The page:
Anatomy of the Neck
- Pp. 6-9 (4)Samer El-Kaissi and Jack R Wall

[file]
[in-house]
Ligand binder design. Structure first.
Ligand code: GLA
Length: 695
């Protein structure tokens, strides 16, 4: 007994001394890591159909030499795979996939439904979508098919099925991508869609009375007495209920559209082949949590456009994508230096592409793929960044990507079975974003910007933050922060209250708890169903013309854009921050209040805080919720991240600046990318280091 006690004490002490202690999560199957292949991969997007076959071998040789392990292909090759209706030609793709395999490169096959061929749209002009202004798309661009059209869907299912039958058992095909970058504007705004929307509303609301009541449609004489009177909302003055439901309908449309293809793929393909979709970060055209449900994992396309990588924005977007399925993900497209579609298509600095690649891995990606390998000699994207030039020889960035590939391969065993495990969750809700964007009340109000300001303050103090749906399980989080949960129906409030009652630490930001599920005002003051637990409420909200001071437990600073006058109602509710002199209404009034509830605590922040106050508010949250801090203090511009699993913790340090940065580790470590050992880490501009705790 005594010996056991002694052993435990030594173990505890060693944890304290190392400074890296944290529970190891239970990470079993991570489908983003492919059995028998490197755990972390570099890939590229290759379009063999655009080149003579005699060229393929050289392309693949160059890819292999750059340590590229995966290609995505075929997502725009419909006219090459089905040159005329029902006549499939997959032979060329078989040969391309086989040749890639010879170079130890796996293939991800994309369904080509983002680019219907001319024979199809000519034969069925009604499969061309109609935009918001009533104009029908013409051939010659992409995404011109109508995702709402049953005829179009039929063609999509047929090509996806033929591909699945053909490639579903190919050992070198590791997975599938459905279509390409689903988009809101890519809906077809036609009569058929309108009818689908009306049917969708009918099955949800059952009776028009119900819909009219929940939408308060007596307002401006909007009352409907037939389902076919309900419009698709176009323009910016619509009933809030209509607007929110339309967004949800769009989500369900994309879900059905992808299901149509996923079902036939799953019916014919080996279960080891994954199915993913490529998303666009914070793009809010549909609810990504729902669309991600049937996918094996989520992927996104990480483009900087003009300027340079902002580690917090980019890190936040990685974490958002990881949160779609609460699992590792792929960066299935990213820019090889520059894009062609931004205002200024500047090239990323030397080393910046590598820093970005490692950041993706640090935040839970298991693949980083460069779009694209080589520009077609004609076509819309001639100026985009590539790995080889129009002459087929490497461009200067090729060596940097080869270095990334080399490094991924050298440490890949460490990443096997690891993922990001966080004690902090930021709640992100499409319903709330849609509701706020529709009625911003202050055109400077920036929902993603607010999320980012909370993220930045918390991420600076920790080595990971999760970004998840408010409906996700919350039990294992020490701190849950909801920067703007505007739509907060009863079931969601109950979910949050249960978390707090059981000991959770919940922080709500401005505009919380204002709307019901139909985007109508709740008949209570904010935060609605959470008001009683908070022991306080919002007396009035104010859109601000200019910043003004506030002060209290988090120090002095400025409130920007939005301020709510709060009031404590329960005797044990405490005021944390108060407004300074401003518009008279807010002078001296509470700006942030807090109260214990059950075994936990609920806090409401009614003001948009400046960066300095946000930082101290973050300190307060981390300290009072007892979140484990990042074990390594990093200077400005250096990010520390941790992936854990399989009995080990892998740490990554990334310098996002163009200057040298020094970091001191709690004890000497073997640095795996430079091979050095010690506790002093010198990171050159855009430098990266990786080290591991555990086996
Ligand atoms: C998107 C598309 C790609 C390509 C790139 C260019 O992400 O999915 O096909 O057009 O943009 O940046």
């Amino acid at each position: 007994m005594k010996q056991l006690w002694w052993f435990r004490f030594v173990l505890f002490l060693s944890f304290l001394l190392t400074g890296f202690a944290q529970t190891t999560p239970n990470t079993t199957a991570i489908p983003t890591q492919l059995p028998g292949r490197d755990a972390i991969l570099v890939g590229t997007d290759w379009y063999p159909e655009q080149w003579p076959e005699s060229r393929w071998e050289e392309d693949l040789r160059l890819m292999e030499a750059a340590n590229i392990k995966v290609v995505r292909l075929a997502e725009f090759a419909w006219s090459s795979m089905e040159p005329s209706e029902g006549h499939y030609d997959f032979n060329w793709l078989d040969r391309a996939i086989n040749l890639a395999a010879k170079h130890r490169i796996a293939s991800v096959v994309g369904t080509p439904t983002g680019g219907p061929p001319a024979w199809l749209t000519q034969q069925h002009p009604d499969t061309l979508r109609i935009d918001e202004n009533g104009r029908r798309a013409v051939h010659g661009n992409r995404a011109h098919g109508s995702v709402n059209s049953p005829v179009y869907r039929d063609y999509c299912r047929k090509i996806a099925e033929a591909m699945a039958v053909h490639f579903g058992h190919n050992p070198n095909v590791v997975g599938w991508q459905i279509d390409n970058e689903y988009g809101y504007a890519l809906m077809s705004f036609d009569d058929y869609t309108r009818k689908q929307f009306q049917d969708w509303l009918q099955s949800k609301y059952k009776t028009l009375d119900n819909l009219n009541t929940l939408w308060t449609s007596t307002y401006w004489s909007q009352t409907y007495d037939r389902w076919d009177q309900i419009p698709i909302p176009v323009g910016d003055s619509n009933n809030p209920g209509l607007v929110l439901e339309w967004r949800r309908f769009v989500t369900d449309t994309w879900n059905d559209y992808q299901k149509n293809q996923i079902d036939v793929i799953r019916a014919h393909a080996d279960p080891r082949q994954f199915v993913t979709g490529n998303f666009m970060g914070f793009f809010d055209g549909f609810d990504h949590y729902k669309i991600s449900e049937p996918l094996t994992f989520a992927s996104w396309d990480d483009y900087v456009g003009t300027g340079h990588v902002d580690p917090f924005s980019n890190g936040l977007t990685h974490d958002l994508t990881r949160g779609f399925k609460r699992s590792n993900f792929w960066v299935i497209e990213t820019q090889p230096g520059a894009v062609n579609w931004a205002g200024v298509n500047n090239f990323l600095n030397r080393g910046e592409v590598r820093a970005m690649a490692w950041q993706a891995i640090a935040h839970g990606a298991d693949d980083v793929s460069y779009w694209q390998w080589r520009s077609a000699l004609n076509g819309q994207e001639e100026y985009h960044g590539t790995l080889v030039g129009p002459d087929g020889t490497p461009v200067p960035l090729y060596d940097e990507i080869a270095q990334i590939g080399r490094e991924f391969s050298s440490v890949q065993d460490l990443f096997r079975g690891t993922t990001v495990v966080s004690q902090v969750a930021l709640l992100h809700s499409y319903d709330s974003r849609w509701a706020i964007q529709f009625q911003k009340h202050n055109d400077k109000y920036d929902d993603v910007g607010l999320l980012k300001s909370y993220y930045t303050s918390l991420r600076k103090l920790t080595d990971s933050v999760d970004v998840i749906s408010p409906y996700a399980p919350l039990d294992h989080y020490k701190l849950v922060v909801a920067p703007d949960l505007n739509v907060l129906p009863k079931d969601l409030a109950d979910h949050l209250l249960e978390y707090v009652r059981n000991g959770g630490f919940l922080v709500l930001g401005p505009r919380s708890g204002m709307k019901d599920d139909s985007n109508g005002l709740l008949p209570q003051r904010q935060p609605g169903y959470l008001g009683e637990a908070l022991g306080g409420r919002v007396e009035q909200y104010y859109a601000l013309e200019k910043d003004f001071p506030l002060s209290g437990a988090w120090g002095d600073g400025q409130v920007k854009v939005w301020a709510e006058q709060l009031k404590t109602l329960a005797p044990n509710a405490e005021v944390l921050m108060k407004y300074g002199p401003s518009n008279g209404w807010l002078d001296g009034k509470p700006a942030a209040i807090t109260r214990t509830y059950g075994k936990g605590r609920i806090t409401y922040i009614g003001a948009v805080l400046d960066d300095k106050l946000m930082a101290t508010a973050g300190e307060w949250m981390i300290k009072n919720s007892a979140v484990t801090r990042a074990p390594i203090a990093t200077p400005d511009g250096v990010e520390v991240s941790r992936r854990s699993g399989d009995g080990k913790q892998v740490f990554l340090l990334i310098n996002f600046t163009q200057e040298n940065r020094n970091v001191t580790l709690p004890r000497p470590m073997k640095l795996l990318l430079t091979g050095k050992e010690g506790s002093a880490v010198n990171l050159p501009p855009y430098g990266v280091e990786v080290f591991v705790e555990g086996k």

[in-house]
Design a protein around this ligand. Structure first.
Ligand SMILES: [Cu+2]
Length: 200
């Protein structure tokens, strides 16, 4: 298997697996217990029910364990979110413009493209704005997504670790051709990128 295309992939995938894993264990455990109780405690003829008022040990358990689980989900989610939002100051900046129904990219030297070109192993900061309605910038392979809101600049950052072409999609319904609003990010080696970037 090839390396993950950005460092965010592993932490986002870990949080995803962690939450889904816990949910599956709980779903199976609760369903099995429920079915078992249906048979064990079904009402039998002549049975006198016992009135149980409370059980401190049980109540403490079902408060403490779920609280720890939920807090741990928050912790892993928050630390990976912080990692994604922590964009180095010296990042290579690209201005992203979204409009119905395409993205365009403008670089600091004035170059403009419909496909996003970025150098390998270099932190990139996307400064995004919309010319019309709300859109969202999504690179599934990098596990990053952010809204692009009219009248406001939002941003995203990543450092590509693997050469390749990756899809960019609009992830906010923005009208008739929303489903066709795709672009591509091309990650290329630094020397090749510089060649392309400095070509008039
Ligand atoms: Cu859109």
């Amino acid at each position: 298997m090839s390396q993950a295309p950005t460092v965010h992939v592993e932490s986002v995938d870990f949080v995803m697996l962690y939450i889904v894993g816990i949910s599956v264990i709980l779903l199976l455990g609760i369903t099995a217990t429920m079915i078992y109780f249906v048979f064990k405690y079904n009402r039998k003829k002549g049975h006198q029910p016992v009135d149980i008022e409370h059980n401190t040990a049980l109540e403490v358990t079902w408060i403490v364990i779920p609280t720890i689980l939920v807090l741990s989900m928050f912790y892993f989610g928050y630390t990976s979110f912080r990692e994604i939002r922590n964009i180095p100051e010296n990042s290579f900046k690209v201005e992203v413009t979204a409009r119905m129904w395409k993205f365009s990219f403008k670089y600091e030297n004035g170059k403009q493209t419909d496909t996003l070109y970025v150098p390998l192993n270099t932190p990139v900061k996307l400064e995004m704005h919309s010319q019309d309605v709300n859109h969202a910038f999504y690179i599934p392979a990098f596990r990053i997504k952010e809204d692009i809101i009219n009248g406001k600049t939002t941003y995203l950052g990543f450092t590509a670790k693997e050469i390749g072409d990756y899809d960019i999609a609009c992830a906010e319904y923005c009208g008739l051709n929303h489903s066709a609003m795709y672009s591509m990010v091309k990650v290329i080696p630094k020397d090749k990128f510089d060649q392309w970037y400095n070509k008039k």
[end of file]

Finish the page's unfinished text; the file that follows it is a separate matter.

The thyroid gland is made up of two lobes joined by the isthmus and normally weighs approximately 30 grams. Embryologically, the gland develops from the endoderm at the floor of the pharynx and descends along the thyroglossal duct to the base of the anterior neck. The thyroglossal duct may fail to obliterate completely giving rise to thyroglossal duct cysts and may give rise to a small remnant known as the pyramidal lobe. In addition, ectopic thyroid tissue is commonly found along the thyroglossal duct path. There are normally four parathyroid glands, two superior glands located at the middle of the posterior border of the thyroid, and two inferior glands at the inferior border of the thyroid gland. However, there is some variability in the number and position of the parathyroid glands, especially the position of the inferior glands due to their embryologic origin. The normal parathyroid gland is too small to be seen on most imaging modalities including ultrasound. There are six cervical lymph node compartments of the anterior neck, labelled I to VI, including the retromanubrial compartment (also known as compartment VII) which is an extension of the central compartment (VI). The use of lymph node compartments during the ultrasound examination is essential for accurate localisation of cervical nodes in future ultrasound studies, to perform cervical node biopsies and for surgical excision of suspicious nodes.